Europe's new democracies and their liberal economic reforms from
being swallowed up by political opportunists feeding on the
dislocations of the post-communist era. The West, it is maintained,
needs to give these countries a roof for their reconstruction more
than a wall against an external threat. This is particularly the case
in such an ethnically heterogeneous region, it is argued, because
liberal free-market democracies provide better protection against
explosions of ethnic hatred than regimes commandeered by nationalist

Second, keeping Central Europe at peace with itself, both within and
between its countries, helps prevent a broader danger, that of this
region's again becoming a theater for the intrigues of Russia and
Germany, a fate that has been its historic lot. Some worry more about
Russia, some more about Germany, but all worry about a collision (or
collusion) between them. The gist of the pro-enlargement view based
on this concern is that just as NATO managed in time to solve the
problem that had given shape to the First World War--the
long-standing Franco-German rivalry--so it should expand to solve the
problem that helped shape the Second World War--the equally
long-standing Russo-German rivalry. Few who reason this way claim
that this will be easy. What they do argue is that this should be a
pre-eminent task of a geopolitically-minded statecraft for the next
several decades, and that only the wise application of American power
can achieve it.

Third, there is fear of German resurgence itself. After forty years
of tense competition between the United States and Russia, few are
inhibited from speaking of Russia as a future problem. Not so with
Germany, a democracy and an ally; but the fear exists and the
inhibitions do sometimes break down. Tony Judt describes the basic
physiognomy of this fear in the context of EU deepening; now that the

". . . lead Europe, where should they take it? And of what Europe are
they the natural leaders--the West-leaning Europe forged by the
French, or the traditional Europe of German interests, where Germany
sits not on the eastern edge but squarely in the middle? . . . [T]he
image of a Germany resolutely turning away from troubling Eastern
memories, clinging fervently to its postwar Western allies, as though
they alone stood between the nation and its demons, is not very

Anthony Hartley, too, in an essay entitled "Thomas Mann and Germany's
Demons", argues that "Germany still retains the indetermination that
Mann saw in it. Behind it looms the ambivalence of German culture. No
one", he added, "can have much certainty as to the direction in which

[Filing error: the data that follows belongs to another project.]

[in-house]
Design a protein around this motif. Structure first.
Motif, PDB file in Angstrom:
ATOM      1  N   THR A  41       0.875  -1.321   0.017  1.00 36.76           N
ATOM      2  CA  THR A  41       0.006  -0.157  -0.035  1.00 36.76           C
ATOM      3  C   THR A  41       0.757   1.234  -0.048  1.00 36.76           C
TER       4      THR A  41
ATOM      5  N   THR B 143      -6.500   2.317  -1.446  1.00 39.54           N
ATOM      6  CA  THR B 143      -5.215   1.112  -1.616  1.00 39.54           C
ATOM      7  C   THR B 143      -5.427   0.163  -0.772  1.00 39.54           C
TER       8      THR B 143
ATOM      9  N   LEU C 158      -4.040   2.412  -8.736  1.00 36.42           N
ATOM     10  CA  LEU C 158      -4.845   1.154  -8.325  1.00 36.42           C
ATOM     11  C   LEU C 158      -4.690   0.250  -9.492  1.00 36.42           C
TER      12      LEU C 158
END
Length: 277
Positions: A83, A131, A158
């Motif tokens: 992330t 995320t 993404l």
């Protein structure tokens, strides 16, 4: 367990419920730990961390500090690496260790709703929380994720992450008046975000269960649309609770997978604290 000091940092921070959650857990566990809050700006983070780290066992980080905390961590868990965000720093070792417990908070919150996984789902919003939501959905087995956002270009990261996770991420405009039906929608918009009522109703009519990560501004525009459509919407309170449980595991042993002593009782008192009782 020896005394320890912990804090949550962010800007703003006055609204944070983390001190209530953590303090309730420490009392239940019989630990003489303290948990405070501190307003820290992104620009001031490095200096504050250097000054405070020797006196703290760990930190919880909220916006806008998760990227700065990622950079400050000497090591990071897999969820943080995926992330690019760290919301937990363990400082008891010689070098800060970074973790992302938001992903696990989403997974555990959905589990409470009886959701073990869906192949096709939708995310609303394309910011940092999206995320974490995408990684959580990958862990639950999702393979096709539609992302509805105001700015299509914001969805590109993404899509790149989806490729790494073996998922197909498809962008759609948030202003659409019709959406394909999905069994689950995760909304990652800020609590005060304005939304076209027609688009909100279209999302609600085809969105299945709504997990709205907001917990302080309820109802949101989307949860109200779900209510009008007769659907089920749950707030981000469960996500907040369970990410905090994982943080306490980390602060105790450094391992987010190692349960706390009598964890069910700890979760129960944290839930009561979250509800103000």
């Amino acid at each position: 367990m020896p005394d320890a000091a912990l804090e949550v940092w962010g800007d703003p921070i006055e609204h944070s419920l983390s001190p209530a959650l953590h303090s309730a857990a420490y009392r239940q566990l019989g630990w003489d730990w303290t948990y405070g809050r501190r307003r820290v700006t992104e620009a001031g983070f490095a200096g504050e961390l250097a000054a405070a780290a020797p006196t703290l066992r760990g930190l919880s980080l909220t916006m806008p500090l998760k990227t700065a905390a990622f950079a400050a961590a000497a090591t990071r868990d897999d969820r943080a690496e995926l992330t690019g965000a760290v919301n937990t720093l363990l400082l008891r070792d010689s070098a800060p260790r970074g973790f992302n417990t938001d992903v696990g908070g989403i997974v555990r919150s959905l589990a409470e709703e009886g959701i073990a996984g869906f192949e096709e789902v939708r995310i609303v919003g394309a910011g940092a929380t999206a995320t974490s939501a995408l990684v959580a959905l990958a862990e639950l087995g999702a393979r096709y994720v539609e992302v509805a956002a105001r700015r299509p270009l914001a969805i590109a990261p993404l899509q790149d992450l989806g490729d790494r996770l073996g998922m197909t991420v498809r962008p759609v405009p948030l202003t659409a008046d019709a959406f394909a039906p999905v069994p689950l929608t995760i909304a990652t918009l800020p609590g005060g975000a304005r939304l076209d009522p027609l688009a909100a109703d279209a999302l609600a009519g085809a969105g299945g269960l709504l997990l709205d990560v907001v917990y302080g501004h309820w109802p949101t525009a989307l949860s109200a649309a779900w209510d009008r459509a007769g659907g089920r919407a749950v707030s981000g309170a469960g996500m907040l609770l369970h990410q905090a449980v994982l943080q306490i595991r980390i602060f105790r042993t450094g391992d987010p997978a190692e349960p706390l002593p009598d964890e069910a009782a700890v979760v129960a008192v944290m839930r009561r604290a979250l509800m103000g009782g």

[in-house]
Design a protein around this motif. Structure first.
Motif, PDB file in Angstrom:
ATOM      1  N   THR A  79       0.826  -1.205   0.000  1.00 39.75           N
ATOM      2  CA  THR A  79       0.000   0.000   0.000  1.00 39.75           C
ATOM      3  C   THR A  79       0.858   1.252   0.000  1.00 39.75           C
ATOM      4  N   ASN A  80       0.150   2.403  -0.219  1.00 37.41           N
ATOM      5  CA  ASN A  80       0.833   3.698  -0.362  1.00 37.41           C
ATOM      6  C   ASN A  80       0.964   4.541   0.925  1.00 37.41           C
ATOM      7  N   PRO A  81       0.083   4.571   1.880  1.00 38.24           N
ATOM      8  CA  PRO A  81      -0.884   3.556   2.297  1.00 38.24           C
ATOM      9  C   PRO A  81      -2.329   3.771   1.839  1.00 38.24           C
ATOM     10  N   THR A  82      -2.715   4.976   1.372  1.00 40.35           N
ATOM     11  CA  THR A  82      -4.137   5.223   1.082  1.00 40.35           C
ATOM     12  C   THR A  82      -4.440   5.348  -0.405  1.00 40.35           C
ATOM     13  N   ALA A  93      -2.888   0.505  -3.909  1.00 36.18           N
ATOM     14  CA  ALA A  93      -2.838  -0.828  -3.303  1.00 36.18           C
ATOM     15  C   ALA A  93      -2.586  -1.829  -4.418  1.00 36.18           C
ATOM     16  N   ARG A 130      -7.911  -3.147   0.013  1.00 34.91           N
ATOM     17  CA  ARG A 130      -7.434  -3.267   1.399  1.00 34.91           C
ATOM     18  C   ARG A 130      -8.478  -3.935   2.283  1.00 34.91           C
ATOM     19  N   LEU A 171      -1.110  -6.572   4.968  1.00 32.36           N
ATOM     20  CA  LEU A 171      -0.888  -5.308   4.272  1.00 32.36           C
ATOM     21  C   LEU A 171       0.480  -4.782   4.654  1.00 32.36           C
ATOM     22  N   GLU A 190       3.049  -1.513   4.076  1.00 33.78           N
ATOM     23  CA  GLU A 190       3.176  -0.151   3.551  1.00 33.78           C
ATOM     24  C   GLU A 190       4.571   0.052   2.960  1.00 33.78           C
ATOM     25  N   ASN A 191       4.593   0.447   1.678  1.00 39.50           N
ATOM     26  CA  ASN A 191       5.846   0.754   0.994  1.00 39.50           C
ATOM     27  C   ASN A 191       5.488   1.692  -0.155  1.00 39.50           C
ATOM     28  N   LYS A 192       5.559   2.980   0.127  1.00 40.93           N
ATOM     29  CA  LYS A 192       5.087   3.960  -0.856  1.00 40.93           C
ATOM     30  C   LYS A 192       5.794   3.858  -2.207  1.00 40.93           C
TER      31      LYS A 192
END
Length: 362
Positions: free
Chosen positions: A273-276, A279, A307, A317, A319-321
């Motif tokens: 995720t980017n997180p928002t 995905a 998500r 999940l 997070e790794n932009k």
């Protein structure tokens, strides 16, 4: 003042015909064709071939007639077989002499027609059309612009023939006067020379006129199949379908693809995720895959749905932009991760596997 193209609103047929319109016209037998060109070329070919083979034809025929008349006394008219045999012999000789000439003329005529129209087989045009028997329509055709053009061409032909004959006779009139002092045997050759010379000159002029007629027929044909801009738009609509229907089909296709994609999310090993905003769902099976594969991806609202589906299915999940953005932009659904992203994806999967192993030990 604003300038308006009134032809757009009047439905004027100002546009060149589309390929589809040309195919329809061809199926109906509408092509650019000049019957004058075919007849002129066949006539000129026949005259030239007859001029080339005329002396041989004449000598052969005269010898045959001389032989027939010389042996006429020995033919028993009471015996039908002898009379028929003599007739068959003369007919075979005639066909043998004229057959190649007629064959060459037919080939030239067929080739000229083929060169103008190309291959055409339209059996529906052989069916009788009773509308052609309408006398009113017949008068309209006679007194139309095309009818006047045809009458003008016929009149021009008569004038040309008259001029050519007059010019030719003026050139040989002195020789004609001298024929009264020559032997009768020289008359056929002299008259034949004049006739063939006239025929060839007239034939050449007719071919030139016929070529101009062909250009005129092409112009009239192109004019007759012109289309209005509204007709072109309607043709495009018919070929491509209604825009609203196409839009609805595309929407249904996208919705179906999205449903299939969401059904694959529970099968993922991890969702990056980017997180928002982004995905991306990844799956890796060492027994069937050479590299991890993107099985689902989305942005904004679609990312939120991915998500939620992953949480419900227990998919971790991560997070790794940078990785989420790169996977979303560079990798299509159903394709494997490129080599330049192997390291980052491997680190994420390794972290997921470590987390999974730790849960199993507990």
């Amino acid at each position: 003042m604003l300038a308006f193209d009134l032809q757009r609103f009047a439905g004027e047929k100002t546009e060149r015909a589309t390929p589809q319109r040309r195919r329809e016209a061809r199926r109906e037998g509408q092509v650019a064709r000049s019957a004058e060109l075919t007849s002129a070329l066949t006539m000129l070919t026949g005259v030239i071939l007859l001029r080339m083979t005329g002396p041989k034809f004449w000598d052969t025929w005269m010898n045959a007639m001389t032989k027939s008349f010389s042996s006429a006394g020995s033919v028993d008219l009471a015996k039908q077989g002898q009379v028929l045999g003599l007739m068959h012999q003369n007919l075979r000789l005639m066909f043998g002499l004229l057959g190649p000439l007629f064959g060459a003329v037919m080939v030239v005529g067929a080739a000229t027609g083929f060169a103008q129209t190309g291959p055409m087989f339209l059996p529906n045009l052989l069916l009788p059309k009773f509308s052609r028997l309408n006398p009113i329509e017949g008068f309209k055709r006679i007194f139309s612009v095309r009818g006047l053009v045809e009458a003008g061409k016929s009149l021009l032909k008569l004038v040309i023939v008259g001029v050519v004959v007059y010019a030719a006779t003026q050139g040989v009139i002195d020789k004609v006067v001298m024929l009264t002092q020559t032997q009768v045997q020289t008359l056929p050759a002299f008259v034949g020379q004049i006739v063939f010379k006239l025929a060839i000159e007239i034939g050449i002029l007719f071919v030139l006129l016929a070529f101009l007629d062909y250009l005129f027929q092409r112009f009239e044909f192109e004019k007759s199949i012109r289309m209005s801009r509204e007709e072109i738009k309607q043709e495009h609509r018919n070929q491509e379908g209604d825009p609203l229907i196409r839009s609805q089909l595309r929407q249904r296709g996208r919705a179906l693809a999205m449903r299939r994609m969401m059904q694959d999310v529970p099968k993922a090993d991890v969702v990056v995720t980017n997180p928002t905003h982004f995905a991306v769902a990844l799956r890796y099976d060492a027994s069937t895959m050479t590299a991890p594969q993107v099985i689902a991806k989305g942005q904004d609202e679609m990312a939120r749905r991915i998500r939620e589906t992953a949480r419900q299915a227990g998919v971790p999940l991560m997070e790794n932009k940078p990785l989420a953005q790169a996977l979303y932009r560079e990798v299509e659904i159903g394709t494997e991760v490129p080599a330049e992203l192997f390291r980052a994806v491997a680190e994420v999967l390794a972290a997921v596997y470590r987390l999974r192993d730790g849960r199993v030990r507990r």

a newly reunited Germany will jump." Robert W. Tucker and Thomas C.
Hendrickson have argued that Germany as "the most powerful state in
Europe will entertain pretensions to a role and status commensurate
with its power. In doing so, it is bound to stimulate the suspicions
and unease of a continent that has not forgotten the past."

Adding to the anxiety is knowledge that the Germans as a people still
cannot decide what the rightful borders of their country should be;
that stridently nationalist rhetoric has been heard with greater
frequency since reunification; and that German government ministers
even speak of wanting apologies from the Czech Republic for the
postwar expulsion of the Sudeten Germans.

Clearly, the possibility that German interests will pull it away from
its Atlantic moorings, destroying NATO in the process, and lead to a
Germany with nuclear weapons haunts many minds. Translated into the
terms of the NATO debate, this becomes an argument that, if Germany
continues to sit on the eastern frontier of NATO, its inevitably
large diplomatic (and economic) agenda in the lands between it and
Russia will become divorced from U.S. power and political influence.
But if Central Europe is brought into the alliance, it is argued,
America can play a leavening role, reducing the prospect of conflict
over expanding German power.

These various arguments for enlarging NATO--one emphasizing the need
to deter the Russians militarily, others the need to secure Europe
politically--are sometimes characterized as complementary, as well
they may be in some respects. But in one sense they are mutually
exclusive: The former cannot hide its anti-Russian premise, while the
latter believe that expanding NATO need not be anti-Russian and that,
once they get a grip on their reduced circumstances, the Russians can
be so persuaded. And they should acquiesce, the reasoning goes,
because unless Moscow contemplates future aggression in Central
Europe, Russians should be grateful for any institutional arrangement
that promises to save them from yet another historic confrontation
with the Germans. However, with one school marking them as villains
and the other marking them as benefactors, many in Moscow cannot help
wondering which argument is sincere and which is pretext. Plans that
include both enlarging NATO and creating other arrangements to
assuage Russian concerns, while not illogical in themselves, seem to
particularly frustrate Russian observers.

Essay Types: Essay